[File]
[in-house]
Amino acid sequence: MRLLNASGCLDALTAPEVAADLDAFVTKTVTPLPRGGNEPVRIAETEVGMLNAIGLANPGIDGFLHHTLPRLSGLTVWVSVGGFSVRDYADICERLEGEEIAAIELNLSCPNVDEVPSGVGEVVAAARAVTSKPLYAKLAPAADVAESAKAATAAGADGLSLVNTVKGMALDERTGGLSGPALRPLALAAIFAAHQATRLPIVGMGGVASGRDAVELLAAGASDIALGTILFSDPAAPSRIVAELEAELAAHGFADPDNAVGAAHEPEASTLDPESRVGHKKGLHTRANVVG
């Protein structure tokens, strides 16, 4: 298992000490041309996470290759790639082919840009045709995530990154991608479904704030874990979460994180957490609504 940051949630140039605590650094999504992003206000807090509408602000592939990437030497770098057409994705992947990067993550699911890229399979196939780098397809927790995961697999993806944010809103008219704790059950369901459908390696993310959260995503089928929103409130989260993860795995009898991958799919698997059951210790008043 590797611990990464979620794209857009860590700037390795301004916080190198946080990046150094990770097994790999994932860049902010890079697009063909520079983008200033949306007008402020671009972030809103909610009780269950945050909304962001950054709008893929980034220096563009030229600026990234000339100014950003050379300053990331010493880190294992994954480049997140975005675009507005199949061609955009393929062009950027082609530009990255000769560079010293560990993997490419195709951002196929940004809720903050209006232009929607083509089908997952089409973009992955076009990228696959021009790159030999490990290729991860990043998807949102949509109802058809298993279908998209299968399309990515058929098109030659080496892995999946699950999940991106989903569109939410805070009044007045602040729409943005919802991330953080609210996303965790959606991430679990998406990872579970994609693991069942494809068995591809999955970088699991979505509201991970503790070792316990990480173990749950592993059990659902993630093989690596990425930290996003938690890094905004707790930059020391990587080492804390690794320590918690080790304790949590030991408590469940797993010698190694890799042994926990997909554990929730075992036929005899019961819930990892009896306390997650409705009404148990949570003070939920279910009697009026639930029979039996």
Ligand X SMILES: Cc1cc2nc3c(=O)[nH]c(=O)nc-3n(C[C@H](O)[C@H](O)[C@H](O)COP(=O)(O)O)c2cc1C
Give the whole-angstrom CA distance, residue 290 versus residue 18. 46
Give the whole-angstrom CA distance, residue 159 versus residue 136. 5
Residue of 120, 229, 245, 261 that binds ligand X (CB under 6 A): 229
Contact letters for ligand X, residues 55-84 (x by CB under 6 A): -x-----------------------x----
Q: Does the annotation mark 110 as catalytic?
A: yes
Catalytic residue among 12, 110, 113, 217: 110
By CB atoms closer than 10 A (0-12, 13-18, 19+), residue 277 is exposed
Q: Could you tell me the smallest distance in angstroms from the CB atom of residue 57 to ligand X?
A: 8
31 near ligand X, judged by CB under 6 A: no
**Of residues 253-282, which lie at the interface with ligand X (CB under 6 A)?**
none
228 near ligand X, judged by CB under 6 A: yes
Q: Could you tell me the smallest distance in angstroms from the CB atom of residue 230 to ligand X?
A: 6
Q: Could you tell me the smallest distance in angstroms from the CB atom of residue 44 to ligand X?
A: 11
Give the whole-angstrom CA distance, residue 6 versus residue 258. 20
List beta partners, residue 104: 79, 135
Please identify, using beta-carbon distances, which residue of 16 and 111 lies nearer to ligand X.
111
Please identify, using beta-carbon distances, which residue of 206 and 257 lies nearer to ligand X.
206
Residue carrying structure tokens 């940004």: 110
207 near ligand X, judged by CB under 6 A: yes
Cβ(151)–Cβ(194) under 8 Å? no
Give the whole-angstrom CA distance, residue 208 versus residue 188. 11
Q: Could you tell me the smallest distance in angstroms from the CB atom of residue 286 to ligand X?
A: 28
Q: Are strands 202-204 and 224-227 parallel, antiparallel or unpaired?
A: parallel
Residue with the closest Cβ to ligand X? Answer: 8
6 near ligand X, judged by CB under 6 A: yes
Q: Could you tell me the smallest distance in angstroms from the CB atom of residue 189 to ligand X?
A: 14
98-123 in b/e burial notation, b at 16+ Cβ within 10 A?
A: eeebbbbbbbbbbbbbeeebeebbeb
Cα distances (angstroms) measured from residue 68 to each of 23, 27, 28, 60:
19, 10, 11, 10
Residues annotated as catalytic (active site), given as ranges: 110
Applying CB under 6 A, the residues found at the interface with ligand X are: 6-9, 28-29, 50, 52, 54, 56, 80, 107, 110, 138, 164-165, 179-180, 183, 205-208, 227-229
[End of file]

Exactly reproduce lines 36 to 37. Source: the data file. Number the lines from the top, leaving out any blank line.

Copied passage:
A: parallel
Residue with the closest Cβ to ligand X? Answer: 8